But when you are living the story, you can’t hurry to the end. You must live each day, each minute as it comes.

The only way to make it through is with patient compassion, tender mercy and extravagant grace.

Not as Strong as I Look

 

No matter how tightly I strap on my armor, grief sends arrows through the tiniest unprotected chink and pierces my heart.

There is no defense against the sound, the smell, the wayward memory that sends me back in time to when Dominic was alive and with me.

And once there, to drag myself forward to today—where he is neither—is torture. 

Sometimes the process can be a matter of seconds, the only evidence a blank stare or a single tear.  Other times the memories and the forceful return to the here and now unleashes a flood from my eyes and ends my usefulness for that day.

Either way, it’s exhausting. 

I think that might be one of the most surprising aspects of grief for me.  When it strikes hard (as it still does sometimes) it robs me of energy and the desire to do anything.

I am a “get-it-done” kind of person.

But there’s no way to get grief “done”. 

It works itself out in its own time and in its own way.

I can position my mind and my heart to heal by focusing on the promises of God in Scripture.  But I cannot hurry along the healing.

And healing, when it comes, will always be incomplete this side of heaven.

Please don’t mistake the fact that I can stand straight and look strong as proof that I am recovered. 

I am often frightened and sometimes I want to hide.

But vulnerable and wounded, I remain until God calls me home.

In His feathers He shall deliver you and under His wings you shall have refuge; His truth shall surround you as a supply of armor.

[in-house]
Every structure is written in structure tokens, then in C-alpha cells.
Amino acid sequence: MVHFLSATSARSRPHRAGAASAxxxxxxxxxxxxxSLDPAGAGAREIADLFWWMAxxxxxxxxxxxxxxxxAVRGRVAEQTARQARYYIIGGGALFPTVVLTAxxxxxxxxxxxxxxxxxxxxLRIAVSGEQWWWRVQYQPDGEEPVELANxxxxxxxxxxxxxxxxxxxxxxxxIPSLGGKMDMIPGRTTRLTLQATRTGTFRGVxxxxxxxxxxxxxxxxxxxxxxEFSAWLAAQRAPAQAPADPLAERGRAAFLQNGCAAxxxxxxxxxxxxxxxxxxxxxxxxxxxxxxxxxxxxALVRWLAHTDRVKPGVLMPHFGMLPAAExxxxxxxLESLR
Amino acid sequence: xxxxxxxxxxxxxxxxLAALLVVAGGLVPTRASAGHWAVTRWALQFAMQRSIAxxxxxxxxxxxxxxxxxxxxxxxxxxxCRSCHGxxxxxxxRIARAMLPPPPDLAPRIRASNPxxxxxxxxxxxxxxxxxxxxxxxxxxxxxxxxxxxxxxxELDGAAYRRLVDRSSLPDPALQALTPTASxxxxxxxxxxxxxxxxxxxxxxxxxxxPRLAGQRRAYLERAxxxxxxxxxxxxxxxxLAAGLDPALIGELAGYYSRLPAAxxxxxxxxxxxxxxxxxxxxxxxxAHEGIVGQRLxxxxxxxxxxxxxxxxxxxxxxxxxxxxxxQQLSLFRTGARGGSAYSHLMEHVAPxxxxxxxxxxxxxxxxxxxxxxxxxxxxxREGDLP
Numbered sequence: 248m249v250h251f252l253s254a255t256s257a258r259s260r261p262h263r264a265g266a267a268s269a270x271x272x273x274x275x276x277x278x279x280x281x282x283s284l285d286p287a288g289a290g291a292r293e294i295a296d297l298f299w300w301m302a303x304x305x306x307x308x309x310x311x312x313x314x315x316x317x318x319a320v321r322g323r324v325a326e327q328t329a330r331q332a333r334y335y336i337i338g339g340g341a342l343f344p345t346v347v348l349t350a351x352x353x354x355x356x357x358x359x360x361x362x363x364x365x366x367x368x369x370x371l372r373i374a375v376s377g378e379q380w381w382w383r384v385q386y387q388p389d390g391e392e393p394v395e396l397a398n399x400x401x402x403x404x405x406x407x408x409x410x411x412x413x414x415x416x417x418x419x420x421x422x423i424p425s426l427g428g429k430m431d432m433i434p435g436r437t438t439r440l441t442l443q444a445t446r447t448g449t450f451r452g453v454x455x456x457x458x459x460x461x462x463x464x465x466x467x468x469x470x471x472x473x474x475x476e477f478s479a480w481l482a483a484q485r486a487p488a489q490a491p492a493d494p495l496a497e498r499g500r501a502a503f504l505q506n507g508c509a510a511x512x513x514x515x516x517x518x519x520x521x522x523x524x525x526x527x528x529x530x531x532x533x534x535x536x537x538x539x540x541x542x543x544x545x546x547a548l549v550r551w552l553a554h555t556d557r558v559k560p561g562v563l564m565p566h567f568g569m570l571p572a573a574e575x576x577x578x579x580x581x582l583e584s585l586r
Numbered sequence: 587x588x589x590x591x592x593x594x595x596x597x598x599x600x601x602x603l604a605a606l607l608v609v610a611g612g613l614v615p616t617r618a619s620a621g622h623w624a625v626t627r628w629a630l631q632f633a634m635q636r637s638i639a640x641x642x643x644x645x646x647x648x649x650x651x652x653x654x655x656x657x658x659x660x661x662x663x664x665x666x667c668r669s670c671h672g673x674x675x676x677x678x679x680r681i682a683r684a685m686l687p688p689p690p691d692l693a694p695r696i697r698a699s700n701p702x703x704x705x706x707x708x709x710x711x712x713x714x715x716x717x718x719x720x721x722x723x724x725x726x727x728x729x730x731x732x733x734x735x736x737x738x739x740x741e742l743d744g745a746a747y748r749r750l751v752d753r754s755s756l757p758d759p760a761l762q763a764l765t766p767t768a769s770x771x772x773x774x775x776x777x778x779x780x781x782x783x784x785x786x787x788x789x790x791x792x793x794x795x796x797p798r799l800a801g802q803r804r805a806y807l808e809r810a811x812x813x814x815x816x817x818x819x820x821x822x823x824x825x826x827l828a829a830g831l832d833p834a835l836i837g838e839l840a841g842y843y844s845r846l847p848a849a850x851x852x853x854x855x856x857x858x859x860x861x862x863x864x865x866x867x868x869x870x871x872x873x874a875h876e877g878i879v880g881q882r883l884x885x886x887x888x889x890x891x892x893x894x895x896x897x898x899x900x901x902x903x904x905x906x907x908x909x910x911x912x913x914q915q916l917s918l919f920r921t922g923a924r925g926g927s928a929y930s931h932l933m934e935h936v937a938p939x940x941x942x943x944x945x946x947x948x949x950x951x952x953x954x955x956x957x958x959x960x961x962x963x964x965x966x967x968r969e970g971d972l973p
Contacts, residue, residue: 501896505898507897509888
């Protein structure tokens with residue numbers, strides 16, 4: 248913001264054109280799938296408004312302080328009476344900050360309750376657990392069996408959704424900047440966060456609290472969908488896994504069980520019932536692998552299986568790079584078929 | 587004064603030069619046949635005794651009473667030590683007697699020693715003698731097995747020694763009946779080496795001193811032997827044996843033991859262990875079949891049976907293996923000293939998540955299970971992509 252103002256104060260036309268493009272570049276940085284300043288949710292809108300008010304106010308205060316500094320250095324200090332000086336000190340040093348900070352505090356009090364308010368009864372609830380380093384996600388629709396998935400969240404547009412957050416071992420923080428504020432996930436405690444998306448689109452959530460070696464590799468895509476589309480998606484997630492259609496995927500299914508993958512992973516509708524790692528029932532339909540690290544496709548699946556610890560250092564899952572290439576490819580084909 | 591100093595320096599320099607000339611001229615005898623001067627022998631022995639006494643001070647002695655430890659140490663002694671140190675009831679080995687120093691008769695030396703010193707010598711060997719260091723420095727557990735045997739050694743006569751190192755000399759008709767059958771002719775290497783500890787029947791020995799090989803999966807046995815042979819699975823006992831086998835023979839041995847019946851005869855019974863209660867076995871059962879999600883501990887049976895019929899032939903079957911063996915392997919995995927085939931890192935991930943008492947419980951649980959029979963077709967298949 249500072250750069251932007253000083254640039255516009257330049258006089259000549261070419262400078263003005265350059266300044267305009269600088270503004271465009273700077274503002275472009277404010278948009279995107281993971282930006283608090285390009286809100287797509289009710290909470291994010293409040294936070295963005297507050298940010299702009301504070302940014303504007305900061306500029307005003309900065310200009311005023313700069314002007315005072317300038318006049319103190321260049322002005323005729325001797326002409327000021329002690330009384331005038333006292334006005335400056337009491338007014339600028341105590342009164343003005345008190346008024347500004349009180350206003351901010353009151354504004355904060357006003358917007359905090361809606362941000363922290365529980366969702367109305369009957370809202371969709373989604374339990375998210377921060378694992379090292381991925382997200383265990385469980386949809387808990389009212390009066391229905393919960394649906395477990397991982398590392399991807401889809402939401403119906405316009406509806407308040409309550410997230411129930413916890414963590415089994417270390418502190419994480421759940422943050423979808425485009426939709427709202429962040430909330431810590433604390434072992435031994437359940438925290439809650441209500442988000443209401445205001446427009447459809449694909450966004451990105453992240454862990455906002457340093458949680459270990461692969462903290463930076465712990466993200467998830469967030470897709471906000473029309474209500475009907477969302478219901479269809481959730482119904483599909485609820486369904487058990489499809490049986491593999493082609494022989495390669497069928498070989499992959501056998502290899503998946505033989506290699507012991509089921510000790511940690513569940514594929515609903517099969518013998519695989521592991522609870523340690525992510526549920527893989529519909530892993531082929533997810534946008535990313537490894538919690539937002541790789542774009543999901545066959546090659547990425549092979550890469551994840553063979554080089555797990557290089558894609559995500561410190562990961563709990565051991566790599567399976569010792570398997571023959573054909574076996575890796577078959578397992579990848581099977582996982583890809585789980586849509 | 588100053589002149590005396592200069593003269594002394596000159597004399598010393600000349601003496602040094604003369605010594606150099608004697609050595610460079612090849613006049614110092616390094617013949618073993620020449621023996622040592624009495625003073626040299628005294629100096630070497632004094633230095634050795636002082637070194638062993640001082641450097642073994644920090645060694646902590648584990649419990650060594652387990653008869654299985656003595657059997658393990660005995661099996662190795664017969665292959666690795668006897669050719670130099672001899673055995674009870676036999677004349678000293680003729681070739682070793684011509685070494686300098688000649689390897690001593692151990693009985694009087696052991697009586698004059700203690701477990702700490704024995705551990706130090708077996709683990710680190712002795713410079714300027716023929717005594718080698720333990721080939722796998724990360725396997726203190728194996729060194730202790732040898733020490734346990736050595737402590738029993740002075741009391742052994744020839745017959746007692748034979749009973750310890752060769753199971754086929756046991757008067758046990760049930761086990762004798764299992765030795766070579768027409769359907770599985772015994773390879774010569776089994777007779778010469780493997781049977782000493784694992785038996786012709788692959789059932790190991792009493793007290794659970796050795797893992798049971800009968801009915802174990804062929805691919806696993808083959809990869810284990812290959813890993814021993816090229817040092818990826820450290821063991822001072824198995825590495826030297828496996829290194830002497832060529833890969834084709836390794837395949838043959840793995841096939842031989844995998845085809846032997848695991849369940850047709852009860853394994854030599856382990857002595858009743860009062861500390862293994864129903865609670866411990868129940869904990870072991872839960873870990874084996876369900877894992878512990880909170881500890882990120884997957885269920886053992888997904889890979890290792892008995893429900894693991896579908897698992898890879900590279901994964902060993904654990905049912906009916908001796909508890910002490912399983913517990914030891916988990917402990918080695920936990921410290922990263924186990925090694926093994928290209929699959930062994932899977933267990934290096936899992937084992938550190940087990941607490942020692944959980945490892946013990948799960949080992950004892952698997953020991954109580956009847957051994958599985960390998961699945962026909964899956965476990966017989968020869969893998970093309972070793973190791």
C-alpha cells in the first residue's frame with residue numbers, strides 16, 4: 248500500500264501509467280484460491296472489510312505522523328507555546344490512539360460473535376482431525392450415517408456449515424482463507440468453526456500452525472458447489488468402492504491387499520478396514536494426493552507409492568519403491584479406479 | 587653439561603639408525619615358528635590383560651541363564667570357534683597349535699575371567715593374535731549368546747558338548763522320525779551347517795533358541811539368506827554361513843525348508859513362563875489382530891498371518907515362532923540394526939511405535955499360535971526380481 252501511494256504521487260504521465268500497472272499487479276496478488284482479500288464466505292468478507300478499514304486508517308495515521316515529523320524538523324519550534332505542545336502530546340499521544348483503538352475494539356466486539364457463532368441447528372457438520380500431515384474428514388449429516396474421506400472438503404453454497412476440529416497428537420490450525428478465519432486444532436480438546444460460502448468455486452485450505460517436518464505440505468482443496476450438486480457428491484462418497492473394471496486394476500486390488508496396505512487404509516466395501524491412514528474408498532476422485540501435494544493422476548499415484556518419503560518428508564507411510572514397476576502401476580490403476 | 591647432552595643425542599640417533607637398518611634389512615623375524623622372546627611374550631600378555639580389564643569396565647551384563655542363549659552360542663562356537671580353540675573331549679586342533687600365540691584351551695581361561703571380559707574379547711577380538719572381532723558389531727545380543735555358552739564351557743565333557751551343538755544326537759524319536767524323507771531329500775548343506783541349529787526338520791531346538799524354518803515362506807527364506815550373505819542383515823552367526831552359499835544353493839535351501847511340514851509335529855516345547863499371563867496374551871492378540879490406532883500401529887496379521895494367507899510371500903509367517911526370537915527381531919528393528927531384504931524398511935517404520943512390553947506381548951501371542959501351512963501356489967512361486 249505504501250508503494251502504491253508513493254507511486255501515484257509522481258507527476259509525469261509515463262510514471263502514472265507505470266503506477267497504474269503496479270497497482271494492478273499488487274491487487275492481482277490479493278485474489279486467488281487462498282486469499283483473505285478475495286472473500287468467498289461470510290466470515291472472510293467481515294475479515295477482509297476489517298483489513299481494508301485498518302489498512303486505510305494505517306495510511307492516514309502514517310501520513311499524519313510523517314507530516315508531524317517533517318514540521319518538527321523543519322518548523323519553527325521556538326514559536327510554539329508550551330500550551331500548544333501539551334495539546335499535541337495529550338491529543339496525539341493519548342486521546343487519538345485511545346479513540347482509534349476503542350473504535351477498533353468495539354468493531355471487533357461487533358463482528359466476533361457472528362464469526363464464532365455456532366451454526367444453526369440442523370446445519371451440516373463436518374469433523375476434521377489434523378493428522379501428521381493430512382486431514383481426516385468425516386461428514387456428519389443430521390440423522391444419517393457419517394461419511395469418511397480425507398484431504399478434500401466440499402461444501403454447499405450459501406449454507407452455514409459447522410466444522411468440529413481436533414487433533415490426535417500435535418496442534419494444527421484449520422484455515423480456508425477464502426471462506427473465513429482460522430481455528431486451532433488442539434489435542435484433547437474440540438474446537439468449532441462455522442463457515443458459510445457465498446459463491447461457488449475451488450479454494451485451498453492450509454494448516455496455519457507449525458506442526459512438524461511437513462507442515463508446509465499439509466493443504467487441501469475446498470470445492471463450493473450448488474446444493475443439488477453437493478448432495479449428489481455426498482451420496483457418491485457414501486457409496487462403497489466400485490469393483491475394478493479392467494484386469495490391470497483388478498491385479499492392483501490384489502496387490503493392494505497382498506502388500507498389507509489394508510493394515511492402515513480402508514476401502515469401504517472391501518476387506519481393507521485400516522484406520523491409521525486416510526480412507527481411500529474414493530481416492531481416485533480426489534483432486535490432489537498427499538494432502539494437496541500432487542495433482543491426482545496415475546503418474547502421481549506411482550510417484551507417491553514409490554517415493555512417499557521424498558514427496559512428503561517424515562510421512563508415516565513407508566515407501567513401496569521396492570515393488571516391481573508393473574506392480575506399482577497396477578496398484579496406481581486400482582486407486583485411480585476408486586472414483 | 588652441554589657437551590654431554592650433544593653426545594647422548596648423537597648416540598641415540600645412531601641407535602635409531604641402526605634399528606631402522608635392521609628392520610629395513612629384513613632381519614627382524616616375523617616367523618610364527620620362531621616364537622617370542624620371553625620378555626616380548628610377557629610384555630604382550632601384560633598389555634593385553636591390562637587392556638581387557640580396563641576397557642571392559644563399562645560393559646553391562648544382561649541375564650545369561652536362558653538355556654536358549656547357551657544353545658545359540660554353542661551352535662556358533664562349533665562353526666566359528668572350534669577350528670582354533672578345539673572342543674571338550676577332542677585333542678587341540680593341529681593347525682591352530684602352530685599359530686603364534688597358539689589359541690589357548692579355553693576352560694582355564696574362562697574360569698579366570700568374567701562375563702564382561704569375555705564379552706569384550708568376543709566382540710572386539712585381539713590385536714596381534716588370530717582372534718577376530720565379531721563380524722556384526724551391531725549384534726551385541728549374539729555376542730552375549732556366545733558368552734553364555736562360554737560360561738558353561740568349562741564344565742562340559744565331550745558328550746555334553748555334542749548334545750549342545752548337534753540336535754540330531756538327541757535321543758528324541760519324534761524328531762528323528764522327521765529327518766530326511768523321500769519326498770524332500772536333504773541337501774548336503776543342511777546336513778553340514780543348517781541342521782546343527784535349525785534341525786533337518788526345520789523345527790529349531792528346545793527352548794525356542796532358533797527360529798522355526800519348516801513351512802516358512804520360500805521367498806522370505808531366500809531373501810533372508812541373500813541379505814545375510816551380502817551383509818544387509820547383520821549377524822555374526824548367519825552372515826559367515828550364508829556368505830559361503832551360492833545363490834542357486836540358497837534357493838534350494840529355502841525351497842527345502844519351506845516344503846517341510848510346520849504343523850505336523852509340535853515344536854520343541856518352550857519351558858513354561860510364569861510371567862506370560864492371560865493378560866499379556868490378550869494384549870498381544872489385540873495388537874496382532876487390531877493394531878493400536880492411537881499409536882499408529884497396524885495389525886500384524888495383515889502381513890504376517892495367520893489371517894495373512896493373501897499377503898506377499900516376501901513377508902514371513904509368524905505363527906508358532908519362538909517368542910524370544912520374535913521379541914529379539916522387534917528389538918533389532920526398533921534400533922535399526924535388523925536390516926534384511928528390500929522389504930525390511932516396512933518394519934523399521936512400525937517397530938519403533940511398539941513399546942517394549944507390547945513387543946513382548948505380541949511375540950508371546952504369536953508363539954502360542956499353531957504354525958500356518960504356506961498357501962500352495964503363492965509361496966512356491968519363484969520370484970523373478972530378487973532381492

Psalm 91:4

What Will They Remember?

Since burying my son, I’ve thought a lot about memories.  Not only recalling specific moments or events, but the nature of memory itself.

Why can I easily relive certain events, bring to mind a joke, or a car ride to the store in great detail yet not access others except in bits and pieces?

There are all kinds of theories on how our minds make and store memories.  Lots of research being done on which synapses fire and which pathways are activated.

But can I just tell you from a mama’s heart that what makes memories–good or bad–is strong emotion.  

We remember what we passionately feel.

When we engage our hearts, we imprint our minds.

So be aware that all the fancy fixings for Christmas don’t make memories. The moments you and they will cherish are the ones bathed in love, covered with laughter, circled round with the warmth of fellowship.

Presents, menus and decorations will be forgotten by this time next year but the sweet aroma of a peace-filled home welcoming the Presence of Christ will linger for eternity.

Skip the lines and frantic last- minute preparation and spend the next few days basking in God’s love, mercy and grace.

Your soul will be filled with His peace and overflow to those you love.

And that will be a memory everyone will cherish.